Getting Started in Archery

Archery is one of the best sports because it can be social, competitive, fun, and casual, you just need to decide what you want to get out of it.  Recently the interest in archery has sky-rocketed since the movies the Hunger Games, Brave and the Avengers.

Archery is so popular that Britain right now, with London Olympics finishing recently,  MPs are demanding its return and politicians have participated in training sessions with current and future Olympians.

This is not a local phenomenon either, there are tons of articles throughout North America about the increased interest in Archery. I am sure there are even more throughout the world since I have seen a lot of blogs about people who have or want to give it a try and I have also seen a lot of questions and comments about how to get started.

Well, here is a quick simple step-by-step guide.

  1. Find a archery club : Archery clubs exist everywhere; your school may even have an archery club. You can also contact your provincial, state or national archery organization. Most Provincal Sports Organization (PSO) or National Sports Organization (NSO) are now online and they will either have a listing of clubs or you can contact them directly for one
  2. Setup a take a beginner class or a private lesson : Most clubs offer regular lessons for both beginner and advanced archers. Alternatively you can contact a private coach, like myself, and setup a private session.

It’s that simple and once you have tried archery; you’ll be hooked.

Since, the hardest part about getting started in archery is finding information. Check out my links page for links to Ontario, Canada, USA, and International organizations to help you find an archery club close to you.  Once started, you can talk with your club or coach and they can provide some insight on how you can get the most out of archery.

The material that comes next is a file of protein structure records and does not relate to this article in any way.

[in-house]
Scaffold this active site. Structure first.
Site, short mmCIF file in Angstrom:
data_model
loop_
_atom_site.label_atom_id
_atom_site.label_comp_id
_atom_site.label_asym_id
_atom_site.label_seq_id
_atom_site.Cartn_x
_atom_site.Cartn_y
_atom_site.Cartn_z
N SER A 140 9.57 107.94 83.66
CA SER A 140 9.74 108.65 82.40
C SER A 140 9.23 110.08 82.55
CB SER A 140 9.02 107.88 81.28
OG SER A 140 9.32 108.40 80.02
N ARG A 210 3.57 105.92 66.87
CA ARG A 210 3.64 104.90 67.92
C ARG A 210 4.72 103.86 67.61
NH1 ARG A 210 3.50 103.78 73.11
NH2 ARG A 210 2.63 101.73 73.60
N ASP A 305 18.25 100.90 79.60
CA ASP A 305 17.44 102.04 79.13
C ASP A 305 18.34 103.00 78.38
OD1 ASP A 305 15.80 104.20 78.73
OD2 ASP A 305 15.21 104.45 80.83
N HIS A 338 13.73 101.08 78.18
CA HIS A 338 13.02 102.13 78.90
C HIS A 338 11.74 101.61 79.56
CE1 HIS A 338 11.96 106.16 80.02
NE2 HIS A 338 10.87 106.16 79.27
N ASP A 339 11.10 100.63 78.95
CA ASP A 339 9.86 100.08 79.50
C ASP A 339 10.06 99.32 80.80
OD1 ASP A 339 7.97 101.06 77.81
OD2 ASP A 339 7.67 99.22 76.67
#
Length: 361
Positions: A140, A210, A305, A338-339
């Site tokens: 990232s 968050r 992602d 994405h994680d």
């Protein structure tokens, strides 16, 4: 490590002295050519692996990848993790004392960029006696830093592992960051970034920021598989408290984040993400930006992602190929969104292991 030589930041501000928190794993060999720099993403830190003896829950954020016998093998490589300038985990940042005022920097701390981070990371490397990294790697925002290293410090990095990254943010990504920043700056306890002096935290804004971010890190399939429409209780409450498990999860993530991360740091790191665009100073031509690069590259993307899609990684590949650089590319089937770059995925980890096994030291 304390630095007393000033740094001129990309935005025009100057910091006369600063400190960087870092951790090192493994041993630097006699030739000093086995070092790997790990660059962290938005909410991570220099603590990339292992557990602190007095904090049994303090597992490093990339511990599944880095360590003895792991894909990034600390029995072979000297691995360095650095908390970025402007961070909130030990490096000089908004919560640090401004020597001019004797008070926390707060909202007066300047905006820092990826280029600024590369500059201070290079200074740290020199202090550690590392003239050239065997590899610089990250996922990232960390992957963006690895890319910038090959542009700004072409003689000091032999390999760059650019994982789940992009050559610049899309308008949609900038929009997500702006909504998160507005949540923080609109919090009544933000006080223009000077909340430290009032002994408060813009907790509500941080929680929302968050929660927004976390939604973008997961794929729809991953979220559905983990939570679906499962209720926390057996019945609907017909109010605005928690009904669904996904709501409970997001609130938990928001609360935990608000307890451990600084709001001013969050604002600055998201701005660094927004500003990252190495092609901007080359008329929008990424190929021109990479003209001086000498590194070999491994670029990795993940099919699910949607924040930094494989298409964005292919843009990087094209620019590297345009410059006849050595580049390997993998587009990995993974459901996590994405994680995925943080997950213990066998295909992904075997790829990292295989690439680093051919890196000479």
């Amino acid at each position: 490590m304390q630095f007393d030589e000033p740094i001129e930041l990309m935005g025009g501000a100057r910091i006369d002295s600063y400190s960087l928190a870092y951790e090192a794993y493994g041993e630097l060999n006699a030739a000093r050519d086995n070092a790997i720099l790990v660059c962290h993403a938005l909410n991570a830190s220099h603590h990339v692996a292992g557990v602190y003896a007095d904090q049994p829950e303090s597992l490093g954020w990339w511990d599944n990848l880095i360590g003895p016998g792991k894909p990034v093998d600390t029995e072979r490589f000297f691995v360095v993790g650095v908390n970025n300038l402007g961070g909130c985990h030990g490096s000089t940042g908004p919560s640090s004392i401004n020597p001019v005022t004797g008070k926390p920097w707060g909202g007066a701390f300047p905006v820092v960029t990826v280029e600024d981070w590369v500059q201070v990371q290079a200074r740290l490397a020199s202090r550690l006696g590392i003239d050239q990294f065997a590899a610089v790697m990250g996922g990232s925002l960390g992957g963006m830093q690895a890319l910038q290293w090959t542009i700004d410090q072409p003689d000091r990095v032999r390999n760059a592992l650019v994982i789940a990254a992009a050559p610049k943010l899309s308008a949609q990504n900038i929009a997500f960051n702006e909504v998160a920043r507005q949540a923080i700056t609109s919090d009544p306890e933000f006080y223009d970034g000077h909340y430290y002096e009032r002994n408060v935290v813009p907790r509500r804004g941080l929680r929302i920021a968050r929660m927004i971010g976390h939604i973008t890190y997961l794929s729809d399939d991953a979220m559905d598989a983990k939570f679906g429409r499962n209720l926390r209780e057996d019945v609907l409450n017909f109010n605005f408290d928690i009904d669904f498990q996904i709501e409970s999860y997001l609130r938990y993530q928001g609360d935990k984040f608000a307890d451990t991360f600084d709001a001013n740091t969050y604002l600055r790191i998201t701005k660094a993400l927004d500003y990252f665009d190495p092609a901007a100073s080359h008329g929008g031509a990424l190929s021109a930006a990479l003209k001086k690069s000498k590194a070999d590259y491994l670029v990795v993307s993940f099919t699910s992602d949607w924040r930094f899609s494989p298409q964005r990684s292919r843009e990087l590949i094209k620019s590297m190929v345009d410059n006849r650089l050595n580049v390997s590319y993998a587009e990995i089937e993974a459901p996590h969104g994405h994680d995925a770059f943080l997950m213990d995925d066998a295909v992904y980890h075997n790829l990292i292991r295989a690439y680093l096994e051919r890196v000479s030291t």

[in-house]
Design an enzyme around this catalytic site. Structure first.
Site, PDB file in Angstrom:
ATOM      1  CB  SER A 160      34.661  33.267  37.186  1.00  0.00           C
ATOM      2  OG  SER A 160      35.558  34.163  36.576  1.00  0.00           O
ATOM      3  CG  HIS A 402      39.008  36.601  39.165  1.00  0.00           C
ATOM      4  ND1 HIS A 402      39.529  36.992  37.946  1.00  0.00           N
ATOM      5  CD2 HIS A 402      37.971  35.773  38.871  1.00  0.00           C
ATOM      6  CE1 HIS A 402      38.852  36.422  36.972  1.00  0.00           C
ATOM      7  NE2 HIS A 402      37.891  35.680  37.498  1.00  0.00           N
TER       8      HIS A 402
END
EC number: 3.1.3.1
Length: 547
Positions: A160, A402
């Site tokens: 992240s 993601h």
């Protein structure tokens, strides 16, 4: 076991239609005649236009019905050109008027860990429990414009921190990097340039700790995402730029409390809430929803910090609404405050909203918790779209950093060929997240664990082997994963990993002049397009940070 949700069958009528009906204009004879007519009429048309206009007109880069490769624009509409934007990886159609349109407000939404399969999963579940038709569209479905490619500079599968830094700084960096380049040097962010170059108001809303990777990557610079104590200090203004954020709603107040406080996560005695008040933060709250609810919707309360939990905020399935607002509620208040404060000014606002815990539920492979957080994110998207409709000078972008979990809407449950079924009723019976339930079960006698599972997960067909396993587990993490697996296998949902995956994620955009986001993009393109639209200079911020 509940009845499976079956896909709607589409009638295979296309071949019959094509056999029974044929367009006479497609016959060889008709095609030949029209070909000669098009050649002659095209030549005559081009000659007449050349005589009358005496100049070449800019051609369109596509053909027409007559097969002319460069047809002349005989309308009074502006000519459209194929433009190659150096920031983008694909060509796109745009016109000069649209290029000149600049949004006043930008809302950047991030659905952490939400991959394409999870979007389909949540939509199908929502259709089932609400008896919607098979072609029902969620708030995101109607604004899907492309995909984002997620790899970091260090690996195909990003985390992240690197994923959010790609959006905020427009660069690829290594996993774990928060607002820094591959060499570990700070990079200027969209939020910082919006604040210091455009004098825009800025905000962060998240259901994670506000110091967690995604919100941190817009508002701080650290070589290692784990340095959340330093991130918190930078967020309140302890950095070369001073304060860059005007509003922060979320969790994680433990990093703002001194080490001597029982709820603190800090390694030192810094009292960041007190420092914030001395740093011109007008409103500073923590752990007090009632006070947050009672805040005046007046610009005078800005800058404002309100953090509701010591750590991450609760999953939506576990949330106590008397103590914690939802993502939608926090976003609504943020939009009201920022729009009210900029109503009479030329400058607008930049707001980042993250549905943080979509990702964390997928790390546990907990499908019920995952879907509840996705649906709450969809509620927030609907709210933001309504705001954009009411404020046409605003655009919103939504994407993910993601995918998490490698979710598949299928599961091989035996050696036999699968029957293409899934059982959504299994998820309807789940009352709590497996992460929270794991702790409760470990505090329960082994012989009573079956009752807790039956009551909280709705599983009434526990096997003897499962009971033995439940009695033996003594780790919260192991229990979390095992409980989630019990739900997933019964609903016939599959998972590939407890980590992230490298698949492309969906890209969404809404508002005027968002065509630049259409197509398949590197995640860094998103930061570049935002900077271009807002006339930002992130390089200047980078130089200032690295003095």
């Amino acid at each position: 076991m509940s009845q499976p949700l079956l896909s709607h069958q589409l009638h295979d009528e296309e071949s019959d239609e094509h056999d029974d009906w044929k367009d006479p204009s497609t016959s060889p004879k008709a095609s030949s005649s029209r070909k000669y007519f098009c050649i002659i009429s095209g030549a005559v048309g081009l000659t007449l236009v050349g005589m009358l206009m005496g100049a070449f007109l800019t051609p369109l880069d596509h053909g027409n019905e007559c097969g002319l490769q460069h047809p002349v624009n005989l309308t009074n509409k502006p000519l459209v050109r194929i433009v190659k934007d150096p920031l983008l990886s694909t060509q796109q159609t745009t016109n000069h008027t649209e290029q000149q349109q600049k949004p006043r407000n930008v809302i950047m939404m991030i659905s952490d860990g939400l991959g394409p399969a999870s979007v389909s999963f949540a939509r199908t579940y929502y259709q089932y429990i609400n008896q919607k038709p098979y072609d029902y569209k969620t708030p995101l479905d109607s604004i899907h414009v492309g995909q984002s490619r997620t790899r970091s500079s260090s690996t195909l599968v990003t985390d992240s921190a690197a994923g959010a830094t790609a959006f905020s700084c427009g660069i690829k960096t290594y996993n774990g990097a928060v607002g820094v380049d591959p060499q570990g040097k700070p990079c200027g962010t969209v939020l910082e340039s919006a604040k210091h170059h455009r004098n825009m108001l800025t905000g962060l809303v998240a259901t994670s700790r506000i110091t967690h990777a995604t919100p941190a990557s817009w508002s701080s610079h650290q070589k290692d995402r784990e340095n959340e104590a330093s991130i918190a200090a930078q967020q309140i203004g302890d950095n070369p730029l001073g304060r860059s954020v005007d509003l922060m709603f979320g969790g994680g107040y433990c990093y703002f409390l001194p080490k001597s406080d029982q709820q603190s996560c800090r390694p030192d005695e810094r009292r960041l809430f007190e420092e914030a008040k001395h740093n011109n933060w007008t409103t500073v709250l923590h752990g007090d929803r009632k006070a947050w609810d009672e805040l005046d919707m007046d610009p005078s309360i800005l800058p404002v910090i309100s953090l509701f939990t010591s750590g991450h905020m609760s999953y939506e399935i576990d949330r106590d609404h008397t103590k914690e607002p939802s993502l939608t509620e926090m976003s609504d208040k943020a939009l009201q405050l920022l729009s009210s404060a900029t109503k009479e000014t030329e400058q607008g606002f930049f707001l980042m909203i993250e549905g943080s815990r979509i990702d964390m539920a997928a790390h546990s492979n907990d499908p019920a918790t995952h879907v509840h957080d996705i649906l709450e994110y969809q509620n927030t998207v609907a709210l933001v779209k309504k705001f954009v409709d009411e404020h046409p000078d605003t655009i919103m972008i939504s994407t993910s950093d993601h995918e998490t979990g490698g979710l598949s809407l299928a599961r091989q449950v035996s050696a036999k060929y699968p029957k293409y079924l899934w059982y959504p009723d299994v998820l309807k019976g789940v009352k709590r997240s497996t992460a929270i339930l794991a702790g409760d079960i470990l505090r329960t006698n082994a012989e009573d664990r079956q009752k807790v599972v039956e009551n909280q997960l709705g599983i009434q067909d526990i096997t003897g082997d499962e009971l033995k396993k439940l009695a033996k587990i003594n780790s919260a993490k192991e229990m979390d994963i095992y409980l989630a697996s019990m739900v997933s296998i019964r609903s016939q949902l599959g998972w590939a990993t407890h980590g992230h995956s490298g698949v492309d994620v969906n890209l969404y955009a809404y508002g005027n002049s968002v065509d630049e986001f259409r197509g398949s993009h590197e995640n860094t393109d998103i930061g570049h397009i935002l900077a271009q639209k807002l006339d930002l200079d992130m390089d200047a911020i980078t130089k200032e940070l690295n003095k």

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Training Vacation

Athletic training is a full-time job, I train a lot, 6 days a week, 2-3 hours per day and as a full-time student, a coach, and with a part-time job my schedule is full.

“A dream doesn’t become reality through magic; it takes sweat, determination and hard work.” – Colin Powell

Besides regular competitions locally, provincially, nationally and internationally, along with the unique opportunities of Canada Winter Games and World Indoor Championships, I have been without any break for over two straight years. Personally, I never realized just how tired and exhausted I was, however my coach did. Therefore, I am on a two-week vacation from shooting and training.

There are many benefits for taking a vacation including…

  • Recharge & Avoid Burnout – Taking regular time to relax helps avoid burn-out and get us back to feeling our best.
  • Overall Well-being – Lower stress, better sleep and better mood will improve your overall energy levels.
  • Friends and Family – Reconnect and strengthen relationships with loved ones and reaffirm the support you have behind you.
  • Performance – Better focus and re-energizing will influence your performance in a positive manner in the end.

The key is taking a good amount of time off from the stresses of training and competing will recharge your batteries and help you reach those long-term goals. Personally, I recommend at least one to two week break between indoor and outdoor seasons and easing back into to your full-time training programs.

A good vacation is over when you begin to yearn for your work.  – Morris Fishbein

Remember to stay active to during a vacation like swimming, taking a walk, going for a bike ride, going to the batting cages, or playing laser tag. Remaining active will make it easier to re-start your training program after the vacation is over.

“The only place success comes before work is in the dictionary.” – Vincent Lombardi